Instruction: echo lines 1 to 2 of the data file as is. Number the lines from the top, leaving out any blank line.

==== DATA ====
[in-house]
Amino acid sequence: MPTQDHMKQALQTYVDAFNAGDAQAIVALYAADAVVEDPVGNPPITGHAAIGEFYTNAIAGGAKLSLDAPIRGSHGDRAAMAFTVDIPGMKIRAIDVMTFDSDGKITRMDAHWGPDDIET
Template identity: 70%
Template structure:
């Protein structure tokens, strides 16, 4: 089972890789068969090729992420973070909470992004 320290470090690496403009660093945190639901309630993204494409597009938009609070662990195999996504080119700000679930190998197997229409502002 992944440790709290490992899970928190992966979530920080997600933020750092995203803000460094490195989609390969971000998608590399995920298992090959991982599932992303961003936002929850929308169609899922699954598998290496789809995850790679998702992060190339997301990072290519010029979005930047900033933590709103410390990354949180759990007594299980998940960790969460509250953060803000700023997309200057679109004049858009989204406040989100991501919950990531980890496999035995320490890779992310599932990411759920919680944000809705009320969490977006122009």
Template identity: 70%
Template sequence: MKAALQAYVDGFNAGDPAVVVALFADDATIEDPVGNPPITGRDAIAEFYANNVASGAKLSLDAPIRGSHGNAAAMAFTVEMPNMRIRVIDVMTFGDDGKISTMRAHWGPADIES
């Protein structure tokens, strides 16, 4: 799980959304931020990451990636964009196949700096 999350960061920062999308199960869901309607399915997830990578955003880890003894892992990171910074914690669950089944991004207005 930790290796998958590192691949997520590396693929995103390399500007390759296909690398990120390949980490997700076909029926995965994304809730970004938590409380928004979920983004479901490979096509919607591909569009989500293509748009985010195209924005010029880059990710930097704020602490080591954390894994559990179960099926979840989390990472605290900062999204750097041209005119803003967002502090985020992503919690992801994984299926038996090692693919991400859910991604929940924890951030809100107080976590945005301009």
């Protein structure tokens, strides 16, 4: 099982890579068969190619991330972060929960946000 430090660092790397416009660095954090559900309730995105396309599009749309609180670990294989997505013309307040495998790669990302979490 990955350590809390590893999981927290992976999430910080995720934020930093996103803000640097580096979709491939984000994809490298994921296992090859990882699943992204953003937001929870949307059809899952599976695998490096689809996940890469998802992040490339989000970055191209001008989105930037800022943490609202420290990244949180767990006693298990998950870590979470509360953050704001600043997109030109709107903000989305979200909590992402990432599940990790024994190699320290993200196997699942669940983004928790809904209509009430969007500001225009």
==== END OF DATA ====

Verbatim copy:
[in-house]
Amino acid sequence: MPTQDHMKQALQTYVDAFNAGDAQAIVALYAADAVVEDPVGNPPITGHAAIGEFYTNAIAGGAKLSLDAPIRGSHGDRAAMAFTVDIPGMKIRAIDVMTFDSDGKITRMDAHWGPDDIET